When Greeks meet another Greek in a crowd of non Greeks, there is an immediate bond between them. Even if you're in the supermarket and suddenly hear someone talking in Greek, you whip your head around to see who it is and smile! Sounds silly, but it is instinct; especially if you don't live in a Greek speaking country, obviously..!




Sure enough, if your name is on display somewhere or 'mikakon', is called out by a 3eno... (let's use the fun example of the doctor's receptionist struggling over how to pronounce it) then you know straight away who the Greeks are and I bet you find yourself looking up to spot them! Why do we do that? You find you give a chuckle to yourself and the fellow Greek watching on as your name is read out slowly like a 3 year old child. After a painful 30 seconds of struggling to read your name, the receptionist looks up so proudly that they think they managed to say it. You politely nod and smile even though they totally butchered your name, because we're nice people like that. Oh and yeah, we probably mumble a typical Greek curse under our breath on the way out...

Tuesday, 25 October 2011

A Typical Greek House?

So... having seen My Big Fat Greek Wedding (a few hundred times of course) and cracking up at the sight of the infamous house, I honestly thought they were just being a bit melodramatic for the sake of the film...



I enjoyed it; thought it was a funny touch! But, having been driving merrily down a road today I stopped at some lights and looked out the window... To my shock/delight(?) I found a very typical Greek house! People must have thought me slightly mad for grinning and pointing at this house to my passengers yelling, "wow look how Greek it is!!". I swear, this house was fantastic. It had the traditional massive Greek columns, it had the blue and white garage, it had the fancy ornaments and stained glass door (sorry if this happens to be your house I am describing by the way...!) I loved it!

I came home and decided to actually Google "big fat Greek house" for fun, and I found this and wanted to share it:


OK so the house I saw was a bit more toned down than this, but I still thought it was funny how it stands out so obviously, especially to the Greeks! And even funnier at how excited we get over it, or is that just me..?

So, what does your house have about it that makes it "Typical Greek?"

Monday, 30 May 2011

Greek Gardens

If you live in a Greek country then you probably grow a lot of your own food from your garden; typical Greek independence, living off the land!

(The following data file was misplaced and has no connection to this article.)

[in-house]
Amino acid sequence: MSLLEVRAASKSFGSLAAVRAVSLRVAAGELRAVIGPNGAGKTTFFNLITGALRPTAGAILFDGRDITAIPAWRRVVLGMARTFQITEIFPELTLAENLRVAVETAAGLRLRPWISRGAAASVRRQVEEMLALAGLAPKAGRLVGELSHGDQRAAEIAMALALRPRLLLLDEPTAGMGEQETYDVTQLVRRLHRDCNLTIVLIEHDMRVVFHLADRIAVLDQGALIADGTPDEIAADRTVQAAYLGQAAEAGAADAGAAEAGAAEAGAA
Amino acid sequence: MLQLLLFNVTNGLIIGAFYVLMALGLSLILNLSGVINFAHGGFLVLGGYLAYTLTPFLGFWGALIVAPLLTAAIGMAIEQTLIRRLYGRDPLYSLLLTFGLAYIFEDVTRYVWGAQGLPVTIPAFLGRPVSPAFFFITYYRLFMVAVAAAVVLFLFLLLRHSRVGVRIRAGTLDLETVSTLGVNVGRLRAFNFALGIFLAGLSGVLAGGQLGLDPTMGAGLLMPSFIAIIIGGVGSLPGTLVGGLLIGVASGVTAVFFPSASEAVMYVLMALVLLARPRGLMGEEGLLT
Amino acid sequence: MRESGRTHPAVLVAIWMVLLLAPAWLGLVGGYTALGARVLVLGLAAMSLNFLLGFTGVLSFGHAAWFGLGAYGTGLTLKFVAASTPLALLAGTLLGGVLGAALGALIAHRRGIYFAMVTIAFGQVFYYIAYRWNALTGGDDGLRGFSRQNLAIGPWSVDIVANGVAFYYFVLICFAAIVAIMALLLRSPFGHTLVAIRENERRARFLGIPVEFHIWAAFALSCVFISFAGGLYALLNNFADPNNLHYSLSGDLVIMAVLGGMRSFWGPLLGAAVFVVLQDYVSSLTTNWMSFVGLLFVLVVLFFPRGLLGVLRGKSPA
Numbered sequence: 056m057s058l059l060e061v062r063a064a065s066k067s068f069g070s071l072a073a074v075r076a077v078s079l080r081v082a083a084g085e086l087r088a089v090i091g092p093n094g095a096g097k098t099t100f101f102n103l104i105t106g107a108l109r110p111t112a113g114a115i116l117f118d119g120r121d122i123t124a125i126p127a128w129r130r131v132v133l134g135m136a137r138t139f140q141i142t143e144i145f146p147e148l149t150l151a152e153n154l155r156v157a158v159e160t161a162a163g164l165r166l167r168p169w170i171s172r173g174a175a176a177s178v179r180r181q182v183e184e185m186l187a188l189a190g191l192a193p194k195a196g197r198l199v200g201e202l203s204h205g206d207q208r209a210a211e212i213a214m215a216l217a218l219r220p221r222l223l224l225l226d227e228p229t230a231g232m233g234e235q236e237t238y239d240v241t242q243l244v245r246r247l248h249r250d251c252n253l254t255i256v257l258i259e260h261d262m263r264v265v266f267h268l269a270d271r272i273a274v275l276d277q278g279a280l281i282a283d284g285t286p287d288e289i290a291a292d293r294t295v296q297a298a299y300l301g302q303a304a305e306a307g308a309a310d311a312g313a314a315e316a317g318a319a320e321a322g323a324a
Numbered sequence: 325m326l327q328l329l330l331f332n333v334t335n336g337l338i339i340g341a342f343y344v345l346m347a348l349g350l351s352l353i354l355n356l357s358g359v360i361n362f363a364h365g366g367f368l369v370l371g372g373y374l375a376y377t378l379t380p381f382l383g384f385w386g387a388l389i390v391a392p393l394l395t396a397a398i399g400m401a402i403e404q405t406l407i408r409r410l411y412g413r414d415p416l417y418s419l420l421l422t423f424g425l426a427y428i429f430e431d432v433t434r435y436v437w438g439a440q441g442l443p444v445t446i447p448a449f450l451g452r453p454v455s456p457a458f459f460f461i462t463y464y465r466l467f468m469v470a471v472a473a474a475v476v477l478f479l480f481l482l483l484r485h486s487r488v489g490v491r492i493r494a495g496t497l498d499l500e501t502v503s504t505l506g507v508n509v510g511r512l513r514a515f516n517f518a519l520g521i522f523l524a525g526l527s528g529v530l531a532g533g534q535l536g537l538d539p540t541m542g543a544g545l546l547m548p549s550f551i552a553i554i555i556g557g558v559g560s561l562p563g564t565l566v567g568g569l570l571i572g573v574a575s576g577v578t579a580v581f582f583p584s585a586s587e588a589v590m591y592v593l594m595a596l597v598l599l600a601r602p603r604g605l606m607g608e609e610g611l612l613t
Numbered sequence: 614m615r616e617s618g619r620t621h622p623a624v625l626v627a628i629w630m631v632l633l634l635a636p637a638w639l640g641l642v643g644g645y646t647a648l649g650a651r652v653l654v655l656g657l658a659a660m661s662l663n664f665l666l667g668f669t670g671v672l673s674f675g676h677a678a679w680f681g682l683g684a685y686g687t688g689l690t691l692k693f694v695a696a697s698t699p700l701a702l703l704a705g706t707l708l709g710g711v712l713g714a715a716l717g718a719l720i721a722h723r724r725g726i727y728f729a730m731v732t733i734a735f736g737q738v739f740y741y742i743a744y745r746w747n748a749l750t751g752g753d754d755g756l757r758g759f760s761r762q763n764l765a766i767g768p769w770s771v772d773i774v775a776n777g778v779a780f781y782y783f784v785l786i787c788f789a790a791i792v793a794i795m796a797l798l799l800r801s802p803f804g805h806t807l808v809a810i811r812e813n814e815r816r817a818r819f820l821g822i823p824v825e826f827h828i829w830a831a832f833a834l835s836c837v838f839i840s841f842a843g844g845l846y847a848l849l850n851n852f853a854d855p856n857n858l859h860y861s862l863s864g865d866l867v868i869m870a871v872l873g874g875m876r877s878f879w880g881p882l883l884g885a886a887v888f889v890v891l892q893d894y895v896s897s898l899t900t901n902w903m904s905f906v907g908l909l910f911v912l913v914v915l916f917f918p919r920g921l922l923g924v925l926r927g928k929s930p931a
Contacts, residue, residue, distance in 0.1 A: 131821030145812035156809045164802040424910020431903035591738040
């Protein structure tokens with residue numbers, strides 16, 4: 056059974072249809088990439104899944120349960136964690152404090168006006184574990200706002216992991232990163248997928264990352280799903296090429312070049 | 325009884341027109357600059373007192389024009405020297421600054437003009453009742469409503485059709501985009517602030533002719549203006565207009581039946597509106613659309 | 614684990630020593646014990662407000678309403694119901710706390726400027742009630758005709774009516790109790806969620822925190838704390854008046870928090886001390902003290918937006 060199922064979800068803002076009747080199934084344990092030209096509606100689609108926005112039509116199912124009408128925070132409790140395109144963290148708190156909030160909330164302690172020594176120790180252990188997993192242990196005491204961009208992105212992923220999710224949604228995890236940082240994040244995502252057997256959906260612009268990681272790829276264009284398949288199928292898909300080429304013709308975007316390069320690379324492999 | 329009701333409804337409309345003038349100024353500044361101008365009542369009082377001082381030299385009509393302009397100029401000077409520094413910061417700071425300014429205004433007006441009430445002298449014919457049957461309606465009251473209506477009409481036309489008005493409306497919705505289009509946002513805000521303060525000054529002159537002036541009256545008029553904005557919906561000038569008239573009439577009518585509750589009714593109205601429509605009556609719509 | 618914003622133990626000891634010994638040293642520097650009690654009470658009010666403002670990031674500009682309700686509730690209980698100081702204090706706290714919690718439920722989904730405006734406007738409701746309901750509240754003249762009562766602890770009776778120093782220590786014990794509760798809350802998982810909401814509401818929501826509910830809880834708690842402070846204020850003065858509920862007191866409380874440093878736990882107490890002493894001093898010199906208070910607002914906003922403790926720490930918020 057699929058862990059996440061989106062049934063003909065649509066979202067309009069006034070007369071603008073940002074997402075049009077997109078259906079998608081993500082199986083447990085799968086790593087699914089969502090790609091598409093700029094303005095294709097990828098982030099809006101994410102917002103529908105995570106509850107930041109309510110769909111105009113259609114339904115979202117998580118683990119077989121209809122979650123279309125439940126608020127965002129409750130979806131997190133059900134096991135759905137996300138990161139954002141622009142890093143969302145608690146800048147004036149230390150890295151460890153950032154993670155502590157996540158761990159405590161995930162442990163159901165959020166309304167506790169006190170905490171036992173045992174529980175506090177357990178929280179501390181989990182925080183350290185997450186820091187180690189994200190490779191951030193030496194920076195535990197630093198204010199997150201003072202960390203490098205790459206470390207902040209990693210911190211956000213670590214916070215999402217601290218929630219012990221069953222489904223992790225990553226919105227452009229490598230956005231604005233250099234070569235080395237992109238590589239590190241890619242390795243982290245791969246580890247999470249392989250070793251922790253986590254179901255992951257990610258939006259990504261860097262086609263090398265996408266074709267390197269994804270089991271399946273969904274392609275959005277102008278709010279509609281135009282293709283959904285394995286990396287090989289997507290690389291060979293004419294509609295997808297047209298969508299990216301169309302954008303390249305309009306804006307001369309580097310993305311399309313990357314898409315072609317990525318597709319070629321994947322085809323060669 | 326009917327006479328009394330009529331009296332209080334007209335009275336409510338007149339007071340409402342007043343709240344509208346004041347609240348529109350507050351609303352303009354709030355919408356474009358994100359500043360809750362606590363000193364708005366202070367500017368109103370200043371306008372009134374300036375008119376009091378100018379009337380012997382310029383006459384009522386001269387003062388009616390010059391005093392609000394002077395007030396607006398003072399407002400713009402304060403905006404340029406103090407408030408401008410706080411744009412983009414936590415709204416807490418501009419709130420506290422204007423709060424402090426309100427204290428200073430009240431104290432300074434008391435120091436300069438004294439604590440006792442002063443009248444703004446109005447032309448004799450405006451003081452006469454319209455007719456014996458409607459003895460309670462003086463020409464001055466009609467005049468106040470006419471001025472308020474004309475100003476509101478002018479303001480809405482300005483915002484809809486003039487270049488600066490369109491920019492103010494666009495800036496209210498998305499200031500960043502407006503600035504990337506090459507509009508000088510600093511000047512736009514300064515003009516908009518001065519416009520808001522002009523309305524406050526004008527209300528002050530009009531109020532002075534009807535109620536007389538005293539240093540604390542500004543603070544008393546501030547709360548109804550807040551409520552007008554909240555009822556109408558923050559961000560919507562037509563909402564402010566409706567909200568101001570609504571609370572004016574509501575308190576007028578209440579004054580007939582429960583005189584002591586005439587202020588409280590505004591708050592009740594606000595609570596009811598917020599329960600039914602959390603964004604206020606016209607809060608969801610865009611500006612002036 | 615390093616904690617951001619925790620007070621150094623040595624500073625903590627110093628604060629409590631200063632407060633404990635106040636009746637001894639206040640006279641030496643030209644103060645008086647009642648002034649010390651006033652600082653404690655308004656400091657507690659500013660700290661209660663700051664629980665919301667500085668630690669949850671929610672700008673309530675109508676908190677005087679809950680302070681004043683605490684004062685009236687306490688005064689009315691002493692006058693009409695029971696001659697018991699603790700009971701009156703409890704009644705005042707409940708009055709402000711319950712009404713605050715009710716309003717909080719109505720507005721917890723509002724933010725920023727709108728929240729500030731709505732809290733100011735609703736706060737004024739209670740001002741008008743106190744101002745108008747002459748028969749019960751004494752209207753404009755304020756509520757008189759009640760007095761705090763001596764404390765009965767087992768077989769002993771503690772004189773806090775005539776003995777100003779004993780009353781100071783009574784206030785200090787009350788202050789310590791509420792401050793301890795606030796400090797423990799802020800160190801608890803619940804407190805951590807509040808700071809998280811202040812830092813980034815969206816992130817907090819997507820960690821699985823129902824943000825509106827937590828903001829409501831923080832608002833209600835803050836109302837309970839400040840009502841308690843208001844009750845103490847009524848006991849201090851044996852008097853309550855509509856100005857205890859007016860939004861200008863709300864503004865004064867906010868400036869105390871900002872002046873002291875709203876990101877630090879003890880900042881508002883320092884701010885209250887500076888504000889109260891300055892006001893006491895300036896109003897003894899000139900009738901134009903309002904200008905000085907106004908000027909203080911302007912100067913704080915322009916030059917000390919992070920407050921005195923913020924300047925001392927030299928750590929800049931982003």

However, if you are living in a different country, you probably have "Greekified" your gardens to make you feel more at home...

I bet you own your own vineyard. You like to sit out there in the summer, perfectly comfortable in the shade whilst drinking a nice cold Keo. Although it might not be the right climate to grow any grapes, you still have a nice full bush of vine leaves which the women love to pick off to make their koubebia.
You may also have your own fig tree. The men like to climb them to pick off all the nice juicy 'siga' and serve them to their guests as a nice post feast treat - proudly showing off that they grew them themselves.
And for those of you who might not have their own garden... I bet you still have a mini plant which grows oranges or something out on the balcony or kitchen window, just to keep that little bit of the Greek Garden with you!
Finally, if you don't have one already, get yourself a Jasmine plant to add the finishing touch of Greekness to your home! You can take a Greek out of Greece/Cyprus, but they'll just bring it along with them..!


Sunday, 15 May 2011

Greek-ovision!

            

So last night was the Eurovision song contest and Greece did good! Bravo re Loucas! 7th place with 120 points is not bad!


Watch the Greek dance

I liked the fact that there were Greek columns in the background and there was some actual Greek singing as well as dancing!



Too many times in the past they stick to English and I think our Greekness ought to be celebrated more! It's a shame we didn't win, but maybe next year?


Did you know he was actually born and raised in Cyprus? Baffles me as to why he didn't enter for Cyprus instead... it's a shame they didn't get in the competition as well - Greek domination for 2012 Eurovision please!


Finally, thank you Cyprus for awarding Greece 12 points #typicalgreek loyalty right there!


For all you Greekies outside of Europe who may not follow this big event, and for those who do and want to know more, this page tells you more about our song and the reasons behind it along with some more footage from the show!


http://www.eurovision.tv/page/news?id=33023&_t=watch_the_greek_dance